Life is a quarry, out of which we are to mold and chisel and complete character.
Men show their character in nothing more clearly than by what they think laughable.
Character may be manifested in the great moments, but it is made in the small ones.
Solitude is as needful to the imagination as society is wholesome for the character.
Perhaps there is no more important component of character than steadfast resolution.
The true measure of a man is how he treats someone who can do him absolutely no good.
We know what a person thinks not when he tells us what he thinks, but by his actions.
Personality has the power to open many doors, but it's character that keeps them open.
You can discover more about a person in an hour of play than in a year of conversation.
How a man plays the game shows something of his character; how he loses shows all of it.
There is nothing in which people more betray their character than in what they laugh at.
The universe seems bankrupt as soon as we begin to discuss the characters of individuals.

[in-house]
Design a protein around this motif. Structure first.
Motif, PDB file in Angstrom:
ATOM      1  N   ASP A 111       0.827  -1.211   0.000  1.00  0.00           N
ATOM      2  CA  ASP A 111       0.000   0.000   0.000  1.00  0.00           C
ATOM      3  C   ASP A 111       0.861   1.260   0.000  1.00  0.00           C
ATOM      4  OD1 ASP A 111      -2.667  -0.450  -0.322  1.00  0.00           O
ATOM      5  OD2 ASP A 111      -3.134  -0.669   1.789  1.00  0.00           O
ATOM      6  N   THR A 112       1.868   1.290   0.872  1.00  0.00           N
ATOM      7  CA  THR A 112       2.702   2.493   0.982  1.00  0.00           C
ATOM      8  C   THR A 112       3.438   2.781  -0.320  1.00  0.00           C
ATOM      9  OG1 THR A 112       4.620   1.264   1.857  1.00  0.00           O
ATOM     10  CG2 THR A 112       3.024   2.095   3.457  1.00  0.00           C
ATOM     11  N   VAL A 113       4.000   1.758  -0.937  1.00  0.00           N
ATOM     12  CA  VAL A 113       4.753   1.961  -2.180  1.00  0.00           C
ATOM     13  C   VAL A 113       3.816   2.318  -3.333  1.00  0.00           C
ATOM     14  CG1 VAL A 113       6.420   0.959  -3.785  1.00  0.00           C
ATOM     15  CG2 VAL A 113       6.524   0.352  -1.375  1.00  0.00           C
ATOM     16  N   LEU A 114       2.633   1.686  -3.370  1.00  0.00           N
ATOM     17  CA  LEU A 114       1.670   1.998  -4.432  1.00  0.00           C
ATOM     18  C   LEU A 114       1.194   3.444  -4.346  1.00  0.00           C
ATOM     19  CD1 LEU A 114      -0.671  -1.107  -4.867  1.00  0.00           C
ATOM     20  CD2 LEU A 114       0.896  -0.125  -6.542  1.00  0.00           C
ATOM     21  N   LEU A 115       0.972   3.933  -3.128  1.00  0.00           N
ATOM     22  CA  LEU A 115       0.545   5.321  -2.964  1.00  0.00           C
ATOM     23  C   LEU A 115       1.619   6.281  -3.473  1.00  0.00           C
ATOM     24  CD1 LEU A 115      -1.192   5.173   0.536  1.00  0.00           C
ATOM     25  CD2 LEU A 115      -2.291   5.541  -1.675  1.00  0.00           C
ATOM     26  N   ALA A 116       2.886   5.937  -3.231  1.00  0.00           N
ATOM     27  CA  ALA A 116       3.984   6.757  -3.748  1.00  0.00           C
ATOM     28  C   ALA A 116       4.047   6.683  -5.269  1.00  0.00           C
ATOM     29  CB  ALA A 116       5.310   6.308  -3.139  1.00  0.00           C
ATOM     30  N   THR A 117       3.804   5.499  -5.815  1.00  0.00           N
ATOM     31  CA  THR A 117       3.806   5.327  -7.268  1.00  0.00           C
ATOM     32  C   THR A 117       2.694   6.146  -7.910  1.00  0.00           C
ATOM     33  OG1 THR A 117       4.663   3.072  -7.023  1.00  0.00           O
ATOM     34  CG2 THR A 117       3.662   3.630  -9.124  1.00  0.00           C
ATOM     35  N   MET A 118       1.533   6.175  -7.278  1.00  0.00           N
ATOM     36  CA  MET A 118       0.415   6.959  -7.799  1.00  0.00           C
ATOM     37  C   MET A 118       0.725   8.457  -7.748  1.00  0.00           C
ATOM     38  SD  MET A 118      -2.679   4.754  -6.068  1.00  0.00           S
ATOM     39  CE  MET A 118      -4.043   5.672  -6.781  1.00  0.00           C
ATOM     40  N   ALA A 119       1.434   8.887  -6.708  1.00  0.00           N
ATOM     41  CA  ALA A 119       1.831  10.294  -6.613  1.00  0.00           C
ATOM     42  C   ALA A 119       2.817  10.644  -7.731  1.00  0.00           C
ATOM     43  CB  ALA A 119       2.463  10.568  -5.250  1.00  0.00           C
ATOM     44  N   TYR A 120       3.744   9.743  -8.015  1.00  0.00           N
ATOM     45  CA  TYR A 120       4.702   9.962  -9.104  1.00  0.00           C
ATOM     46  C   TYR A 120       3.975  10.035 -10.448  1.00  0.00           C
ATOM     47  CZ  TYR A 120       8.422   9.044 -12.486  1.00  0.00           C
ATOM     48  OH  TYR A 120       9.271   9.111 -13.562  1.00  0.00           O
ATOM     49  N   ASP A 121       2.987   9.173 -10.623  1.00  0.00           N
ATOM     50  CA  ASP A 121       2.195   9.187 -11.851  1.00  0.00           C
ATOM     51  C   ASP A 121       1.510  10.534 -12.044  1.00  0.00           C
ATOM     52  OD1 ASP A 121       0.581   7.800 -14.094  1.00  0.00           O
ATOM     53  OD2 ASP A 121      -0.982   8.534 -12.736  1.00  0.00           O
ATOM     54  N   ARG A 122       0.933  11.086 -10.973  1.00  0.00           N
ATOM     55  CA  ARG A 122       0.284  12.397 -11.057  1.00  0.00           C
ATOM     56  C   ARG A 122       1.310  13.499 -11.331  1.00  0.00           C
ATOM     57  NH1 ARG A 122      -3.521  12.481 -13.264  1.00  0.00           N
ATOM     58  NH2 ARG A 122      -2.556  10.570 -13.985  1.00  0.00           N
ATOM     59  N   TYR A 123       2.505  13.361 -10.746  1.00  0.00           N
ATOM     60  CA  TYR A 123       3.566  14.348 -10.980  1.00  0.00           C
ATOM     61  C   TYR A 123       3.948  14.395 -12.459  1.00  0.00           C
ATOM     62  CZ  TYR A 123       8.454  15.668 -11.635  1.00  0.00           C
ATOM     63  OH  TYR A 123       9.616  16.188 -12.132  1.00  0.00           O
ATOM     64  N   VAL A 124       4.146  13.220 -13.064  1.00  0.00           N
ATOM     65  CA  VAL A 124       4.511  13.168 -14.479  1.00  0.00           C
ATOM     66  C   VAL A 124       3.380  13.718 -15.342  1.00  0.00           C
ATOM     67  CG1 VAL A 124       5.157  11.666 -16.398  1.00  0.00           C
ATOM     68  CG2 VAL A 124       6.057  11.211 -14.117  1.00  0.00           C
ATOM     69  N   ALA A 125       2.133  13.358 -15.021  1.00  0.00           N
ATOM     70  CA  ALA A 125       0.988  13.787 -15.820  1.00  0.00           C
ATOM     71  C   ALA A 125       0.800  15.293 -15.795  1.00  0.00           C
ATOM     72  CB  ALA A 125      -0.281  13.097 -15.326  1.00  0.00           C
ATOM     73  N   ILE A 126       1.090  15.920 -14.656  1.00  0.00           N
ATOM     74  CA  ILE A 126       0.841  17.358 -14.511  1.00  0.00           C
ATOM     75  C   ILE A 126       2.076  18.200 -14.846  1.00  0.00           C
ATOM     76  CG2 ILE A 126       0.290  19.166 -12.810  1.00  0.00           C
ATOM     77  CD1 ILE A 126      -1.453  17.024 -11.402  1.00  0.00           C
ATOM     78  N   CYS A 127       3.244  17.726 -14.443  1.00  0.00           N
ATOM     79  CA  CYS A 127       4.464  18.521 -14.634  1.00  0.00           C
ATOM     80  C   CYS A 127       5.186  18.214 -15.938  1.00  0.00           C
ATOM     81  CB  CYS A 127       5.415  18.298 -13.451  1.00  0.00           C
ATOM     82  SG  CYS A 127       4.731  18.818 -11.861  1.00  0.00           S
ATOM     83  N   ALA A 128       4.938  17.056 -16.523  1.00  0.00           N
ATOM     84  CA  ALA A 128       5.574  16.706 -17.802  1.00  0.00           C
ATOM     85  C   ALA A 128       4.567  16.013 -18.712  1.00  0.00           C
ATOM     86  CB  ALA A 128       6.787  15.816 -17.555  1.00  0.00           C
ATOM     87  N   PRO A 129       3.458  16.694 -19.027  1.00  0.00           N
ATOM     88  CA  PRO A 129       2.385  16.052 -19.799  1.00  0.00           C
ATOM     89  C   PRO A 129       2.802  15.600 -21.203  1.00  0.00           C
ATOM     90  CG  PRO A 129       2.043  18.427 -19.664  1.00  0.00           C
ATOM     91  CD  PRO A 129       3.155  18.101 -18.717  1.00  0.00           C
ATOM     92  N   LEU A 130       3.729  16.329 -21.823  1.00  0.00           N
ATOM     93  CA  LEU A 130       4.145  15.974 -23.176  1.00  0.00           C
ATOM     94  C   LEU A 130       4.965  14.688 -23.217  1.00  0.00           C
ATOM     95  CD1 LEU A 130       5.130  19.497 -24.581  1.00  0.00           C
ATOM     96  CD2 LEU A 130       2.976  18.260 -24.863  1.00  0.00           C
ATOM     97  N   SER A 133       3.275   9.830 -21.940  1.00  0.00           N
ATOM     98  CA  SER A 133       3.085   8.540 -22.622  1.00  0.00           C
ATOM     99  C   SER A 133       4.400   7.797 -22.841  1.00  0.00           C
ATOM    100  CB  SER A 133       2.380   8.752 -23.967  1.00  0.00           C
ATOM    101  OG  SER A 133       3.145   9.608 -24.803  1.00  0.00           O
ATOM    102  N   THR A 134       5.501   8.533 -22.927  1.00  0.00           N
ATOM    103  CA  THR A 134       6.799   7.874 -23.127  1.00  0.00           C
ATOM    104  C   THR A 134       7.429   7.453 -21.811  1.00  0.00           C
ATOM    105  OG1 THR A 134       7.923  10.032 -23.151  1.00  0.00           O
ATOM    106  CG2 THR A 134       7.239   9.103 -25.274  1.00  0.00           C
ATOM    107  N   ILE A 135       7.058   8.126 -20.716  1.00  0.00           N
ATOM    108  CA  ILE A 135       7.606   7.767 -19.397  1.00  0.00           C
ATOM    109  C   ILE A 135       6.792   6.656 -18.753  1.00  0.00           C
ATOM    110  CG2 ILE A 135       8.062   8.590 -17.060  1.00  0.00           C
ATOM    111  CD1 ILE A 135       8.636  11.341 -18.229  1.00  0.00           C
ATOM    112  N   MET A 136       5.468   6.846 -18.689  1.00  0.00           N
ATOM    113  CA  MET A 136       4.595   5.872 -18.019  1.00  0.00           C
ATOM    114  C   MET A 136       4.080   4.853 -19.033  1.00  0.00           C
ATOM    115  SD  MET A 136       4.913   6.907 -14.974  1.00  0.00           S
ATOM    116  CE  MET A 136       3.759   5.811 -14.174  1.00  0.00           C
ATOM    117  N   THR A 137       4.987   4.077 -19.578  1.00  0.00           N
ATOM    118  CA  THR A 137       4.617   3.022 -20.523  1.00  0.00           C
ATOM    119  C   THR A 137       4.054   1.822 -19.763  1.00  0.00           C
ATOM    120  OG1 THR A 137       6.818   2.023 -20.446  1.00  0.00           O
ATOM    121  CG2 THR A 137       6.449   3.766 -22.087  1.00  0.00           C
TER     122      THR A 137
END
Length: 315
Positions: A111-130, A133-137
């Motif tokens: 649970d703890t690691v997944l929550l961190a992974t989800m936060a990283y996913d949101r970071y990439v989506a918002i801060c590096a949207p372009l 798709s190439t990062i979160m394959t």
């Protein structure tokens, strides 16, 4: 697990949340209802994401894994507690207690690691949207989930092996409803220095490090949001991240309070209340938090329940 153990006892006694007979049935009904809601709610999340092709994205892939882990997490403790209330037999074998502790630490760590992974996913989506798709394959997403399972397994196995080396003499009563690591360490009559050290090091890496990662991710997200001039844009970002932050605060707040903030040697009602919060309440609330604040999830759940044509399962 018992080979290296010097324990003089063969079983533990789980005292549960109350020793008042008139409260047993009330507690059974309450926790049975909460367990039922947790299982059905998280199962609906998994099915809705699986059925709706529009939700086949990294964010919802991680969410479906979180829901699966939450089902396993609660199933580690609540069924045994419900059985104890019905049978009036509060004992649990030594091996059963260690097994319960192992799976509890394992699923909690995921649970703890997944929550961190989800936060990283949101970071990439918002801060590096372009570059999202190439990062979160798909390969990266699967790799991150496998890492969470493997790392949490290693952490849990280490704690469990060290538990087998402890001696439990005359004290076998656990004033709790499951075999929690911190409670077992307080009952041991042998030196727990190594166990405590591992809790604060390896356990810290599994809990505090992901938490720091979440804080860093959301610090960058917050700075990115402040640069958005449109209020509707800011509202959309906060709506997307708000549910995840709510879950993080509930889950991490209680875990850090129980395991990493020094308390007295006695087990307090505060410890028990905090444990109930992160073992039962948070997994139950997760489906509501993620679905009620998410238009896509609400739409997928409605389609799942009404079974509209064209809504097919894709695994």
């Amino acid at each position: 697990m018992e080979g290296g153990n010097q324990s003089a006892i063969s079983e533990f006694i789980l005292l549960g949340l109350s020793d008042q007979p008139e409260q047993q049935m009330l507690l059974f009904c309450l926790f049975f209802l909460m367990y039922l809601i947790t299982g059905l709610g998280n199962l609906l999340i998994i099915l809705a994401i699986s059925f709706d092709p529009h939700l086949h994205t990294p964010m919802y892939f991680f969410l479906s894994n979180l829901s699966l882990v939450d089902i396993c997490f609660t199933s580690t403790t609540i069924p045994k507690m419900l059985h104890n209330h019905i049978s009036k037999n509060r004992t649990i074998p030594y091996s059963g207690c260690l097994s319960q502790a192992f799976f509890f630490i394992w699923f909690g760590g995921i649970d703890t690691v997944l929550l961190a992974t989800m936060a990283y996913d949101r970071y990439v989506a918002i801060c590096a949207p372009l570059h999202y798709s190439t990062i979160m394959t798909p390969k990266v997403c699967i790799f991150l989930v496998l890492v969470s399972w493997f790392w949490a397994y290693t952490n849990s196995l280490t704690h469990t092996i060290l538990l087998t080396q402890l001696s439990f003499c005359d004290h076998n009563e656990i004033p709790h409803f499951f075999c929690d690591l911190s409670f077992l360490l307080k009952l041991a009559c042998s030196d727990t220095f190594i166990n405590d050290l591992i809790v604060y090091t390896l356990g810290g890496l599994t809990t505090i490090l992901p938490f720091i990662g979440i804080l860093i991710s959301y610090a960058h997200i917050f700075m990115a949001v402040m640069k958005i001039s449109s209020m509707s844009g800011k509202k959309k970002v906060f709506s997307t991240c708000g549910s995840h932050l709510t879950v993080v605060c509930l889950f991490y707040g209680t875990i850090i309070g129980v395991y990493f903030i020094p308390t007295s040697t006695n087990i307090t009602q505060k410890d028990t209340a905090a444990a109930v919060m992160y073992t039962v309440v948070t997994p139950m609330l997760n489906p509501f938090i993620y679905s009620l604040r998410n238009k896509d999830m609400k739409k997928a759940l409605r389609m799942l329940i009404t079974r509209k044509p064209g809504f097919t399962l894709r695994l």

Character is higher than intellect. A great soul will be strong to live as well as think.
You can't truthfully explain your smallest action without fully revealing your character.
People seem not to see that their opinion of the world is also a confession of character.
A man is literally what he thinks, his character being the complete sum of all his thoughts.
Character doesn't just count. It is the password to every code you will ever need to crack.
In great matters men show themselves as they wish to be seen; in small matters, as they are.
When you choose your friends, don't be short-changed by choosing personality over character.
The measure of a man's character is what he would do if he knew he would never be found out.
Nearly all men can stand adversity, but if you want to test a man's character, give him power.